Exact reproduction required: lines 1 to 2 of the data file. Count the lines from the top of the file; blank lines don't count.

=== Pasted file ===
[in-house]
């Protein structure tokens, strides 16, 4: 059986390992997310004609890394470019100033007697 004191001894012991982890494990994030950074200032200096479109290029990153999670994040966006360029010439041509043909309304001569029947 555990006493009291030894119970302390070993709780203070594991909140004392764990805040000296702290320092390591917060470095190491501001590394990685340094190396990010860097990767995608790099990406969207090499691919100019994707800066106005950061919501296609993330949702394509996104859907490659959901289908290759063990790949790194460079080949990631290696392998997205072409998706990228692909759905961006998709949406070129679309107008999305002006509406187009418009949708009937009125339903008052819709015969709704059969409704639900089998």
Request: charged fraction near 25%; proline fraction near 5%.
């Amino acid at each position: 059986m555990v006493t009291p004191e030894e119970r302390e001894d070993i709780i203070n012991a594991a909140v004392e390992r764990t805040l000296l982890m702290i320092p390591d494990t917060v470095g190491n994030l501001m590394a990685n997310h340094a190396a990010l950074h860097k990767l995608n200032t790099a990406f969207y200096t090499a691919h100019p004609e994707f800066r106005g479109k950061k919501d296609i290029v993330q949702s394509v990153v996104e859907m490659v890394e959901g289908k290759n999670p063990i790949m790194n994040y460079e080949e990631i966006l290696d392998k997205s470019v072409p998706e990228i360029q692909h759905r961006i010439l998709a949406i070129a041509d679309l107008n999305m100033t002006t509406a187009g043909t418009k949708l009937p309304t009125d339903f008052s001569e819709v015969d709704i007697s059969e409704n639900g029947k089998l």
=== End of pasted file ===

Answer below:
[in-house]
């Protein structure tokens, strides 16, 4: 059986390992997310004609890394470019100033007697 004191001894012991982890494990994030950074200032200096479109290029990153999670994040966006360029010439041509043909309304001569029947 555990006493009291030894119970302390070993709780203070594991909140004392764990805040000296702290320092390591917060470095190491501001590394990685340094190396990010860097990767995608790099990406969207090499691919100019994707800066106005950061919501296609993330949702394509996104859907490659959901289908290759063990790949790194460079080949990631290696392998997205072409998706990228692909759905961006998709949406070129679309107008999305002006509406187009418009949708009937009125339903008052819709015969709704059969409704639900089998």